From Angewandte Chemie International Edition
I recently had the pleasure of competing for the Robert Foster Cherry Award for Great Teaching given biennially by Baylor University. In preparing for the competition, I spent considerable time reflecting on my own past experiences as a student, as well as the key philosophies that have helped to transform organic chemistry—often dreaded by students—into one of the most popular classes on the UCLA campus. In this Guest Editorial, I focus on just one key aspect, which involves capturing the extraordinary potential of our students to innovate.
As a “pre‐med” student at NYU, I took chemistry courses out of necessity. “OChem” in particular was reputed to be an intense weed‐out class that required exhaustive memorization and regurgitation of information. On our first day of class in 1997, Professor Yorke Rhodes convinced us otherwise. He told tales of the great contemporary organic chemists who were educated at NYU, such as Professors Eric Jacobsen and Al Myers, along with recent graduate Phil Baran, who was already a rising star in graduate school at the time.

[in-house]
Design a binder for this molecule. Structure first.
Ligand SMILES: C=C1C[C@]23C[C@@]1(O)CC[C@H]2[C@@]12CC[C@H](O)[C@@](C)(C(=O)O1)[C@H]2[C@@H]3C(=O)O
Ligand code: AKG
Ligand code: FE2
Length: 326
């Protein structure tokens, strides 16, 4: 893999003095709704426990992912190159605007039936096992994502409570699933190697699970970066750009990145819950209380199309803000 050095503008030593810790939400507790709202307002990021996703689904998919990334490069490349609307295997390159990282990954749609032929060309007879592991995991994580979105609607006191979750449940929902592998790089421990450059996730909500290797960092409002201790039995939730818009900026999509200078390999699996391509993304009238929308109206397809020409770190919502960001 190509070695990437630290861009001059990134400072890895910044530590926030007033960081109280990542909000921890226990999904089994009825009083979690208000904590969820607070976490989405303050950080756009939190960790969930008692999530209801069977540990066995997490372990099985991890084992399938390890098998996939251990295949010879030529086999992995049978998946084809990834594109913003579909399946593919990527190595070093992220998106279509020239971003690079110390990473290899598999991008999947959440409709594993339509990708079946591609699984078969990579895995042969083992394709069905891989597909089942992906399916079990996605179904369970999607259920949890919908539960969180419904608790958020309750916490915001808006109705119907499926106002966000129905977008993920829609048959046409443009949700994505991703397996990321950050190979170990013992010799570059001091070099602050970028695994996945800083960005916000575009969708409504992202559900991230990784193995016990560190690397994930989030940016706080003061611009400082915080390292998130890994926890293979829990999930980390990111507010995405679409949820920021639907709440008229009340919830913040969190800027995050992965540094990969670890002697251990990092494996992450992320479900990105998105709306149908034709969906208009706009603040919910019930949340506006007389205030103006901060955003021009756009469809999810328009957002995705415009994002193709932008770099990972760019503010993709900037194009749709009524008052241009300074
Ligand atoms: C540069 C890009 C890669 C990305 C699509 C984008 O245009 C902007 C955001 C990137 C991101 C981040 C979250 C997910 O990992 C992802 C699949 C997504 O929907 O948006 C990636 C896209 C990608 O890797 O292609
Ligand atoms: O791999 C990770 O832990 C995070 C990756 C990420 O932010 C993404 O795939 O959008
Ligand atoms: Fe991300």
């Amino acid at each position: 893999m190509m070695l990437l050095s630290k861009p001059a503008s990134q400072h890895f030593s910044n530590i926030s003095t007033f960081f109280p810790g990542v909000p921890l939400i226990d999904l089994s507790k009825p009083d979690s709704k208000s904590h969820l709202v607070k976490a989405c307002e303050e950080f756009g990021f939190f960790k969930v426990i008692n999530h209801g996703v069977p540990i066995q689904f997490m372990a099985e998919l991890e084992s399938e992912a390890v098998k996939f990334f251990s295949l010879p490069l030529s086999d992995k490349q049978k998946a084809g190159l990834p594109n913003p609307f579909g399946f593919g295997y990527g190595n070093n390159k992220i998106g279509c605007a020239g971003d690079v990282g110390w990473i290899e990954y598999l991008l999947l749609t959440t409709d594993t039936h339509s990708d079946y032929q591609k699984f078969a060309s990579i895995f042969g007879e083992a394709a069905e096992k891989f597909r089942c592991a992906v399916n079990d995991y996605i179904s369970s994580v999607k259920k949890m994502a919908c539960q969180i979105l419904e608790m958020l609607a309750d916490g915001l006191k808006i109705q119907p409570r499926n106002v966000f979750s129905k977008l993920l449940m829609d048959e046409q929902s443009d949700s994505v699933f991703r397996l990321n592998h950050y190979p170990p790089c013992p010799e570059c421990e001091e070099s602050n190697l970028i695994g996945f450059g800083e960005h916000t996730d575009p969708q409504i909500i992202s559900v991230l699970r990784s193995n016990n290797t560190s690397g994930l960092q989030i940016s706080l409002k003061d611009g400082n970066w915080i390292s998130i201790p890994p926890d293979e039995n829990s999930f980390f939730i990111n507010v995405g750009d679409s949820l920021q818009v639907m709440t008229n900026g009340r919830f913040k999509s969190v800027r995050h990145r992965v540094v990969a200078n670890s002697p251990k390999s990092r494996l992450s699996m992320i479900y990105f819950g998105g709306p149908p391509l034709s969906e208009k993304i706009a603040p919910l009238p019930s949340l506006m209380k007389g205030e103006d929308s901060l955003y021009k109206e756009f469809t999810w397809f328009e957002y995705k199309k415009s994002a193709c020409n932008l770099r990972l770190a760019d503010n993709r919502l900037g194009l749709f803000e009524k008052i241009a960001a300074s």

From Natural Product Reports
A personal selection of 32 recent papers is presented covering various aspects of current developments in bioorganic chemistry and novel natural products such as huperphlegmine A from Huperzia phlegmaria.
From the Journal of Natural Products
From ACS Medicinal Chemistry Letters